Thursday, May 19, 2011

1 MWh on the Clock

A bit of a milestone today.  Since fitting the "proper" OFGEM generation meter back in March last year, the AC power generated (consumed) from my solar panels has been ticking up.

Today, it passed the 1000 kWh (1 MWh) mark.  But amazingly, a full 153kWh of that total was generated just last month!  May is shaping up pretty well too, having made 114kWh this May, compared to only 92kWh last May.

2 comments:

  1. Hi Bodger
    Have you done a flow chart on how much you have invested and what
    kwhs you have gained from the system.
    Walter

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  2. Welcome and thanks to the 1st commentator ever to this blog (excluding one unintelligable spam post I deleted the other week O_o ).

    Ha hahaha... How much I've spent on this Frankenstein system is one of the few parameters I don't keep close tabs on :D

    But a quick tot up last night suggests about £8200 on the current kit in service. That includes the last lot of panels that aren't in service fully yet, and excludes the cost of the ones just taken out of service, along with a bunch of other "stuff" relegated to the "spares bin". Very little actually gets thrown away or sold off; there's enough gear laying about the "lab" to build a whole new 130W system :D

    There's no easy way to calculate ROI on this system, as the embodied "investment" has fluctuated (up *and* down), while the "rate of return" has grown as the system got bigger due to higher utilisation of the capacity of some of the expensive components (the charge controllers and inverters) and the panels have got a lot cheaper. Two years ago I was paying £250 for second hand 80W panels, the last lot only cost £118 each.

    But in pure financial terms, it's a car crash :D 1MWh of electricity is only "worth" about £96. I did receive about £250 in FIT payments for the year 2010-2011 though (more on that soon...).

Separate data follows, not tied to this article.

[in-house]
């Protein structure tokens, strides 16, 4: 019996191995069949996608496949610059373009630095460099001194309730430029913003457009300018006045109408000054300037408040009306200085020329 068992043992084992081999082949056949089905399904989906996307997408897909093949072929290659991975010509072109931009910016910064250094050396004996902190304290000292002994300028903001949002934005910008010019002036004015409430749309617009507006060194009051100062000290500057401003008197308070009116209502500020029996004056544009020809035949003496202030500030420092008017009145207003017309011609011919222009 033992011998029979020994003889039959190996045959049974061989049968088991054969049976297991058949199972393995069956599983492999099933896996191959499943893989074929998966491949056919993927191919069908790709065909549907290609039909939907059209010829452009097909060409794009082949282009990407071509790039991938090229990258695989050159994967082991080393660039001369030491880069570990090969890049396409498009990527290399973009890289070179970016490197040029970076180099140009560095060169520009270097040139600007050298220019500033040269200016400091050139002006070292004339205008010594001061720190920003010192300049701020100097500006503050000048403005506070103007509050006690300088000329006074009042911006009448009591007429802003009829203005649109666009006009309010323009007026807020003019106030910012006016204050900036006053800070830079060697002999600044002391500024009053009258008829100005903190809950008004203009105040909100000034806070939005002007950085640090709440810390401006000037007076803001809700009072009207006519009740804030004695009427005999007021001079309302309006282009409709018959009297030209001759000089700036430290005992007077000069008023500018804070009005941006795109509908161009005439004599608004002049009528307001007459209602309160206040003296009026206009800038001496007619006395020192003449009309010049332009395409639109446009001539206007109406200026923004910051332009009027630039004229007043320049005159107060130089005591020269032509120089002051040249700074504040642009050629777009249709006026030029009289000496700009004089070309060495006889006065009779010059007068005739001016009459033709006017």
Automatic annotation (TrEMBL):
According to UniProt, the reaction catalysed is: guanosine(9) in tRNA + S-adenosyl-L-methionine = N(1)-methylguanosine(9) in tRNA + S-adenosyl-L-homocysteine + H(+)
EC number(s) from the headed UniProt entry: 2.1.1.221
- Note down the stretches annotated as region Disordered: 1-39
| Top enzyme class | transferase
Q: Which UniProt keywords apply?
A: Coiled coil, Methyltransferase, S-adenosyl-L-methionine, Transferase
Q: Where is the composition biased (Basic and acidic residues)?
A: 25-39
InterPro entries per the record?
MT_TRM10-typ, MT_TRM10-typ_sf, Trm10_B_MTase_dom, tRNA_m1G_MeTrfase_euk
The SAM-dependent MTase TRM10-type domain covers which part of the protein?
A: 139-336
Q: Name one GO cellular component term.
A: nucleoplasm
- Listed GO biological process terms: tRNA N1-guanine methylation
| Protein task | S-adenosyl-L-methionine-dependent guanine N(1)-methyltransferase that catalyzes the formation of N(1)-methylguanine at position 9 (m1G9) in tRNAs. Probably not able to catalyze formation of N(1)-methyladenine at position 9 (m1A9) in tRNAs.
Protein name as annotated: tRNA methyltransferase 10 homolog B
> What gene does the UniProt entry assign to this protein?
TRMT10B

Off grid PV (or any kind of off grid power, for that matter) is hugely expensive and never "pays back", mostly because the very expensive batteries are a consumable. The ones I have now only cost £500 as they are a bunch of second hand ones.

    The "pay back" is you get to live without grid power. Most of the experiment has been in trying to answer the question "how much PV do you need to live off grid?". The answer is, "lots" :/ . I measure "success" and ROI in terms of what percentage of total electricity used in our house was generated by the solar system. The lifetime (of the system) offset of grid power is only 13% so far. But the best month was last month (53% of all power used in April was solar power), and the first week of this month (May) was the best weekly offset ever (72% of demand was provided by solar).

    With the solar power also being used to heat water, it also offsets some use of gas too. I can't quantify that offset, other than some days we don't use any gas for water heating and other days we use "some" gas. The hot water tank is effectively another "battery", as it can absorb spare energy from the solar system (that isn't stored in the electrical batteries), and release it later at night, in the form of hot water.

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